Wyclef Jean, the Haitian rapper whose infectious rhymes helped propel Fugees into the mainstream, has weighed in on the debate about the nature of lyrics being spewed in modern Dancehall music. In his eyes, the explicit language and suggestive themes that draw criticism are simply a reflection of society’s underbelly, amplified through music.
“I think back in the day there was less profanity in the music. So, what all the kids are doing is what we would say to each other quietly. It’s like, you can say this kinda crazy stuff amongst each other but you ain’t supposed to put it on record,” he told DancehallMag during a recent interview.
“So literally, honestly, I always think it’s a reflection of society. So, you change the society, then the reflection of the music will always change.”
But this generational frankness, Jean argues, is nothing new. “I remember when we were doing our stuff, our parents were like, ‘that ain’t music…’ you know what I’m saying?” he said. “I can always use my daughter; she’s 18-years-old. She can go to Lil Uzi [Vert], to Earth, Wind And Fire, to Skillibeng, to Shaggy… I think the parents might catch them listening to the ratchet stuff, but I think they know the music.”
For Jean, who named Masicka, Teejay, and Chronic Law his favorite modern Jamaican artists, understanding the younger generation’s musical expressions is key.
“I think what’s important is to embrace our generation [and] understand what they’re doing and I think TikTok does a great job at that. But, unfortunately, every generation that comes out with a new style; the older generation that don’t understand it will always be like, ‘what is this?’”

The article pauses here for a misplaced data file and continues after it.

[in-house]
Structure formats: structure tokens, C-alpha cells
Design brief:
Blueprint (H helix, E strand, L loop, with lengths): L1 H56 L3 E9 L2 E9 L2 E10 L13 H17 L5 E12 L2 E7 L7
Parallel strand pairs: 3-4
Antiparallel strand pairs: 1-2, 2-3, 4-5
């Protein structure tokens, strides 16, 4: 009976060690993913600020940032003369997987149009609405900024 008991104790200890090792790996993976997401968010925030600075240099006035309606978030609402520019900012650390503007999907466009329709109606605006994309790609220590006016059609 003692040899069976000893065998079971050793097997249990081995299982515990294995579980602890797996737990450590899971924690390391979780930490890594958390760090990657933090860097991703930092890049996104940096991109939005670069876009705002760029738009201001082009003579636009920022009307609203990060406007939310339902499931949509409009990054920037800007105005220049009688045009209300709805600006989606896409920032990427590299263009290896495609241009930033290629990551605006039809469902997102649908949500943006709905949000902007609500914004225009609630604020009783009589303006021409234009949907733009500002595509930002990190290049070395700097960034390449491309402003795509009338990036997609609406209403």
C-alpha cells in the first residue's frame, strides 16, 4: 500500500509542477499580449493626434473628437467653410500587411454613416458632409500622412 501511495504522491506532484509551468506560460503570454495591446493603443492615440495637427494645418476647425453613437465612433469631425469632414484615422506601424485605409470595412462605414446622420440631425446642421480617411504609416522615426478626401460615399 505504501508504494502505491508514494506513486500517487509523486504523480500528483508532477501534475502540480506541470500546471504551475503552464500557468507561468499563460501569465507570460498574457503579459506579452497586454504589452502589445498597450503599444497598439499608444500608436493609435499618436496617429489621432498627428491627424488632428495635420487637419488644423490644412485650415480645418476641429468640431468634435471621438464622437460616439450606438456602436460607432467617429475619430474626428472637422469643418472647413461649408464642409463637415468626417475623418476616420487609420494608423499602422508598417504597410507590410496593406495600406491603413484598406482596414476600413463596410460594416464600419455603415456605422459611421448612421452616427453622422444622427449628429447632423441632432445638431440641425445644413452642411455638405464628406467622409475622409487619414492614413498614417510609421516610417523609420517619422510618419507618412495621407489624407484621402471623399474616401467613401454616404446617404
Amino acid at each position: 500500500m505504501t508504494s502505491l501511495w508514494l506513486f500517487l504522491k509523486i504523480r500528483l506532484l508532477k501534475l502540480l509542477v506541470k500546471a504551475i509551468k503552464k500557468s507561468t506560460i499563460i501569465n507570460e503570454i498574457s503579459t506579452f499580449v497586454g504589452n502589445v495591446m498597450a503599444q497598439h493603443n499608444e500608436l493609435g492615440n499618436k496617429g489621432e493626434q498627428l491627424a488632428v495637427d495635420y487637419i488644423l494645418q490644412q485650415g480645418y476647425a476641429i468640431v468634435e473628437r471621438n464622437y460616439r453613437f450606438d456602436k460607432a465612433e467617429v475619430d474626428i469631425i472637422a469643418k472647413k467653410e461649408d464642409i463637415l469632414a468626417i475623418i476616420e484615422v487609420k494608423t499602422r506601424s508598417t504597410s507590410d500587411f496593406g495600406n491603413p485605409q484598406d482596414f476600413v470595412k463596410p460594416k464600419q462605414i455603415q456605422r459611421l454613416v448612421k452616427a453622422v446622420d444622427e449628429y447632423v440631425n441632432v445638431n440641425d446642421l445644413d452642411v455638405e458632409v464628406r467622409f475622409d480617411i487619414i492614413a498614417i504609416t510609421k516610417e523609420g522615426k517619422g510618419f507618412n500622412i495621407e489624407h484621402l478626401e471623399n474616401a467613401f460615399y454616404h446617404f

“[In terms of] versatility, Masicka, TeeJay… like, when I say that they can go from one style to another—I’ve seen it happen,” Jean told DancehallMag of his favorite artists. “Then, the person that I listen to when I’m in the gym that gives me a pump to do my 300 pushups is Chronic Law.”
“Chronic Law, I can relate to him because I have a lot of people who are from the streets who have changed their lives around, and I like that pain and let you know that it can get better. I think we need those kind of records.”
In Jamaica, the debate over lyrics came to a head when the Broadcasting Commission issued a directive prohibiting the nation’s radio stations from playing musical content promoting the use of or glorification of the party drug “molly” and lotto scamming last October. This came approximately 13 years after the Commission issued a ban on playing violent musical content.
Some seven months later, British filmmakers Freddie Stewart and Gene Kavanagh explored the ban’s implications in a documentary titled Strictly Prohibited.
It isn’t just the Broadcasting Commission that has turned its nose up at the state of Dancehall. Last November, Bounty Killer expressed disapproval about the “choice of words” that the younger crop of artists were disseminating. As a result of the content, the deejay argued that the genre’s marketability has been affected.
Jean was in Jamaica to launch discussions leading up to his February presentation at the Island Music Festival [IMC]. His presentation, slated for February 23, 2024, will look at the future of licensing.